Peptic ulcers, or stomach ulcers, can cause abdominal pain, nausea, vomiting, and bloating after eating a meal. However, many with these ulcers don’t display symptoms until there’s an external trigger, such as nonsteroidal anti-inflammatory drugs (NSAIDs) or stress. 

Once triggered, the ulcer may trigger stomach acid to eat the small intestine or stomach, causing severe stomach sores and pain. Typically, doctors recommend medications, such as H2 blockers and proton pump inhibitors (PPIs), to heal peptic ulcers. 

Gastroesophageal Reflux Disease (GERD)

When nausea is accompanied by heartburn after eating, GERD may be to blame. Someone with this condition experiences their stomach contents return to the esophagus, causing a burning sensation in the chest. Often, doctors recommend lifestyle changes and over-the-counter medications to manage GERD symptoms. 

Intestinal Obstruction

When stool cannot move through the intestines, intestinal or bowel obstruction may be present. Accompanying symptoms include severe intense pain, vomiting, bloating, and constipation. Often, surgical interventions, such as intestinal obstruction repair, are needed to treat this condition.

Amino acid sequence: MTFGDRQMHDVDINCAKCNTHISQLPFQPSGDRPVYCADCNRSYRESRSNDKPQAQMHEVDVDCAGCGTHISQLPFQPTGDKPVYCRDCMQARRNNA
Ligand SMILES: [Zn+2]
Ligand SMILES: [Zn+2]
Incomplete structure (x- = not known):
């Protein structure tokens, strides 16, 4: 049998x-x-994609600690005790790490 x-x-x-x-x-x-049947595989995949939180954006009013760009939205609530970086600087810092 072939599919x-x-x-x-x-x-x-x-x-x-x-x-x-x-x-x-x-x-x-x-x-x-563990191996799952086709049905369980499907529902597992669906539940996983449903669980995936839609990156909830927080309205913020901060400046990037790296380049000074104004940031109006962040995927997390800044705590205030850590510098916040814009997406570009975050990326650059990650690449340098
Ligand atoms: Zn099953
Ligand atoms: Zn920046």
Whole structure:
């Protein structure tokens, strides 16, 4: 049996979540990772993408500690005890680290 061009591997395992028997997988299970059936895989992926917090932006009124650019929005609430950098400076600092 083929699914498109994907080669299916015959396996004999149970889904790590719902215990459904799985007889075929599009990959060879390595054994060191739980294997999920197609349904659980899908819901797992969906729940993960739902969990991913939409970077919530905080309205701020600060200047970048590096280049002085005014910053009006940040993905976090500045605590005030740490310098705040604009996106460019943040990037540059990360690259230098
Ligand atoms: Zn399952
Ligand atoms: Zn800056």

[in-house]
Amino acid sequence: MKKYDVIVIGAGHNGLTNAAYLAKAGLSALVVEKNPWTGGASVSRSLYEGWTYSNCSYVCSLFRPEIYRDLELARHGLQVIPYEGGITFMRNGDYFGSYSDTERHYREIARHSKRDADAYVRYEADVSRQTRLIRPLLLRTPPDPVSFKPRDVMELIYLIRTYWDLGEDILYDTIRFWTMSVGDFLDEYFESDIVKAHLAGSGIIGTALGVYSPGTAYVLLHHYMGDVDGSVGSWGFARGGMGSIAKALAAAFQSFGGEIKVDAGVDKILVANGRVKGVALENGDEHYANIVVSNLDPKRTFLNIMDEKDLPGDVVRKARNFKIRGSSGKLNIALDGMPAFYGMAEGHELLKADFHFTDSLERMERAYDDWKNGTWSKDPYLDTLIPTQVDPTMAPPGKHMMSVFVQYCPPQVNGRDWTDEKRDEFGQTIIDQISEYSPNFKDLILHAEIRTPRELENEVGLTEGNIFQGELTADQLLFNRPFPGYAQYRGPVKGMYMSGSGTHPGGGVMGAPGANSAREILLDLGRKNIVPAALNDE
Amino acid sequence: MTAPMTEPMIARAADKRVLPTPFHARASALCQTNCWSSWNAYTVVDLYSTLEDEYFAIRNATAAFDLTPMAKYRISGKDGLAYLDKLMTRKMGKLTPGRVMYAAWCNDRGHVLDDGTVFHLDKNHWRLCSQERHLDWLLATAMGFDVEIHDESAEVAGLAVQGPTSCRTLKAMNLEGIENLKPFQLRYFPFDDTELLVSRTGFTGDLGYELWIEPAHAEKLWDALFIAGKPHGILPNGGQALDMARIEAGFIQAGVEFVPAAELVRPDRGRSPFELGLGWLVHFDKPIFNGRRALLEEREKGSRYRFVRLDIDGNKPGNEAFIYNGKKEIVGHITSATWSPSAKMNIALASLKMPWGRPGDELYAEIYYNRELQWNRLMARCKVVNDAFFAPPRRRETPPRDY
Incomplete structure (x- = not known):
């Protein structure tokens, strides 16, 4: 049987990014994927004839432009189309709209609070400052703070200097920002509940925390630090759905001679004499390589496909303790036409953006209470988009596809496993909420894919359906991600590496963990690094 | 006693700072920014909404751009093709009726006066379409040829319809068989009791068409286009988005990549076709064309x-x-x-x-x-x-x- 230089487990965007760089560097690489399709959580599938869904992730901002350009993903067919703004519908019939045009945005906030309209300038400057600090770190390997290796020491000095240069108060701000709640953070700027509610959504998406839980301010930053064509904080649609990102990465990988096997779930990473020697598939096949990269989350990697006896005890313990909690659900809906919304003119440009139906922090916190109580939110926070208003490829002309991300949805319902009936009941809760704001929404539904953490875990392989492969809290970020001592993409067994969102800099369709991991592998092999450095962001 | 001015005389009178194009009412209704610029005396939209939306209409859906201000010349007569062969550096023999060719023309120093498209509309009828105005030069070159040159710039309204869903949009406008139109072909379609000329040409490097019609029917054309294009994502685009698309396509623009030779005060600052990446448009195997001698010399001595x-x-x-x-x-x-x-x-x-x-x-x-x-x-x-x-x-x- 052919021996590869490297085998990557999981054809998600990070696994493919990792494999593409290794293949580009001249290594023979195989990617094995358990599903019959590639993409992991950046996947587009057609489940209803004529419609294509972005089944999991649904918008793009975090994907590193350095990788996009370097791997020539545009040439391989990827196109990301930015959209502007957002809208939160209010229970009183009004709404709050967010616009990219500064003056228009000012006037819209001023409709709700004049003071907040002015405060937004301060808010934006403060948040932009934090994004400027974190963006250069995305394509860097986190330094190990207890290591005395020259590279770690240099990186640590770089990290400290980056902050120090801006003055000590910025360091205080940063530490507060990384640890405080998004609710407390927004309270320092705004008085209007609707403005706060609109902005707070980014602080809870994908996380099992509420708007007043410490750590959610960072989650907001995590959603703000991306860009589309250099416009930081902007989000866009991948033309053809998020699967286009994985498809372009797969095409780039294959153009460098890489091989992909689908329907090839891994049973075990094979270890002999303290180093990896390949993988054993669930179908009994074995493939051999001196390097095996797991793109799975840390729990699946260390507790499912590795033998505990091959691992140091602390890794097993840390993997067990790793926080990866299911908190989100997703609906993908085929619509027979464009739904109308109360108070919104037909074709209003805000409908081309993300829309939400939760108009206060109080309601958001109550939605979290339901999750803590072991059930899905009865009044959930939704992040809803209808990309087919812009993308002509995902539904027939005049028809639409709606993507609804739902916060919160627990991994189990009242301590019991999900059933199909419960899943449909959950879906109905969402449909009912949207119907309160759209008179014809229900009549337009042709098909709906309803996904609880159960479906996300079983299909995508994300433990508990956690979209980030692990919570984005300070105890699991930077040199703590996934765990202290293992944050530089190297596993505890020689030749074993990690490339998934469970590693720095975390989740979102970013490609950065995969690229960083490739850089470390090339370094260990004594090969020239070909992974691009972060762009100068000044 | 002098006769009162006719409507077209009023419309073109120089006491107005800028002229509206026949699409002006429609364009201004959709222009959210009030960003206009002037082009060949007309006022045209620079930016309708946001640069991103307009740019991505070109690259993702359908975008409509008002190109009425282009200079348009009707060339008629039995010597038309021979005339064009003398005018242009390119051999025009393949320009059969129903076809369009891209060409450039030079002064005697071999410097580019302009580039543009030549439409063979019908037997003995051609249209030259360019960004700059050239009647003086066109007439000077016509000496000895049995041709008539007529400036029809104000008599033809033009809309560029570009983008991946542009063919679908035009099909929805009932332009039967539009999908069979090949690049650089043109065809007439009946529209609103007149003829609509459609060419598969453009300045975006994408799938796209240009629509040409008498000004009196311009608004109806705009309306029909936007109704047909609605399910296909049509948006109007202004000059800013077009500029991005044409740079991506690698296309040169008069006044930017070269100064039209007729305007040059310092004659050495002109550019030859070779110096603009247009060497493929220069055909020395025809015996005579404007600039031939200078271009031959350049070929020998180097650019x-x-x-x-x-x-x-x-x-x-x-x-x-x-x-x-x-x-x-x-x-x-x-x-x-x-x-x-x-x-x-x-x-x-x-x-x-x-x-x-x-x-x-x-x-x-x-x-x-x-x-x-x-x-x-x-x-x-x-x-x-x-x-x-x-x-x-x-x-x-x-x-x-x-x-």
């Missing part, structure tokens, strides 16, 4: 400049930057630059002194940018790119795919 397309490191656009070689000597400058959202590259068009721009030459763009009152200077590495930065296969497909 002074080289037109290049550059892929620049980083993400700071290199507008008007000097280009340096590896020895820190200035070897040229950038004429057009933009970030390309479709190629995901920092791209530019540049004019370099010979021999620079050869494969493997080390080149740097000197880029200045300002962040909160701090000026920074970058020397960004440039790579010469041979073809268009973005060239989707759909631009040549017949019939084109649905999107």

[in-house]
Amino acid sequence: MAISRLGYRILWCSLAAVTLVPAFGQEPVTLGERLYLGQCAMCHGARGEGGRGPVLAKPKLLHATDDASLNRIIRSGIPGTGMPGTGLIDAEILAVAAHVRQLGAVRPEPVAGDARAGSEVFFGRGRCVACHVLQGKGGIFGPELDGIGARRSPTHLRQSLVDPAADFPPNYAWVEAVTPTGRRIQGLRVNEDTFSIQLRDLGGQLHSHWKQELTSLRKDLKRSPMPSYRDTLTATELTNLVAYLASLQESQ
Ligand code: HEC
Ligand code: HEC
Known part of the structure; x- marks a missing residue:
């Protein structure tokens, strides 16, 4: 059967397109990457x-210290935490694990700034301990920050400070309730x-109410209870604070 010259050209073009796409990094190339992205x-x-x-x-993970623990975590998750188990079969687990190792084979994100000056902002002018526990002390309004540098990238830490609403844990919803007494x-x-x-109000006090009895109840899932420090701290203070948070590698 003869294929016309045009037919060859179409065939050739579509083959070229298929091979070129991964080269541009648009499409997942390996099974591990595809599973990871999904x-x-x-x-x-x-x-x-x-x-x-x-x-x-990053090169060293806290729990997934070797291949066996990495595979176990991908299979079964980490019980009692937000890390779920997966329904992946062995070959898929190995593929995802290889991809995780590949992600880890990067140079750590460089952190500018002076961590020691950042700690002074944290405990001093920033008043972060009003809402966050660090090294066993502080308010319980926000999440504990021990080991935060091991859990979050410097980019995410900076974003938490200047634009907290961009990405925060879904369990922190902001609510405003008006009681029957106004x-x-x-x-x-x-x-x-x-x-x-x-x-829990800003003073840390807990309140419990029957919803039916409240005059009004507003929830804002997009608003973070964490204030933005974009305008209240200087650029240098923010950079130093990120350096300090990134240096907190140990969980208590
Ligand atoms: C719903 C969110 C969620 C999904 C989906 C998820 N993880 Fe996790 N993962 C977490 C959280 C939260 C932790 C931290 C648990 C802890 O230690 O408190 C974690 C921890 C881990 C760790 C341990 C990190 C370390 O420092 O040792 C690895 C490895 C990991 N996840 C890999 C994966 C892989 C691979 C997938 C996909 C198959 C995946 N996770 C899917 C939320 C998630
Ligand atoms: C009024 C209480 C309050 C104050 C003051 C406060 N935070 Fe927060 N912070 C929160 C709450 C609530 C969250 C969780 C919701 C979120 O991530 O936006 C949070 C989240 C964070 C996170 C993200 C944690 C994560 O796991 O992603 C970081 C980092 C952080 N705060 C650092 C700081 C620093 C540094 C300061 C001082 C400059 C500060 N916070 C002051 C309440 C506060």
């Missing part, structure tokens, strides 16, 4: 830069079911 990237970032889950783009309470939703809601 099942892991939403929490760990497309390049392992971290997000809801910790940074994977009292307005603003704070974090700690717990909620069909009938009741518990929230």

Certain Medications & Cancer Treatment

Chemotherapy, other cancer medications, and prescriptions for other conditions can cause chronic nausea. Radiation therapy on the brain, liver, or gastrointestinal tract often causes chronic nausea as well. When medications or cancer treatments are the cause of nausea and vomiting, you should consult a healthcare provider. They can work with you to manage symptoms, alter one’s diet, and change other lifestyle choices. 

Morning Sickness

Morning sickness is a common pregnancy symptom experienced in the first trimester. While called morning sickness, nausea and vomiting from pregnancy can happen at any time of the day. To reduce the risk, pregnant people can try at-home remedies, such as eating dry toast when they wake up or crackers before they go to bed. An OB/GYN can provide more ways to manage vomiting and nausea from pregnancy. 

Inflammatory Bowel Disease (IBD)

Inflammatory bowel disease (IBD) refers to two conditions, Crohn’s disease and ulcerative colitis. Both are characterized by inflammatory changes of the GI tract and issues in the central nervous system, which can cause nausea, diarrhea, bloody stools, and fatigue. While the cause is unknown, IBD is due to a weakened immune system, and treatment often includes medication. In severe cases, surgery can remove damaged parts of a GI tract such as ulcers or fistulas.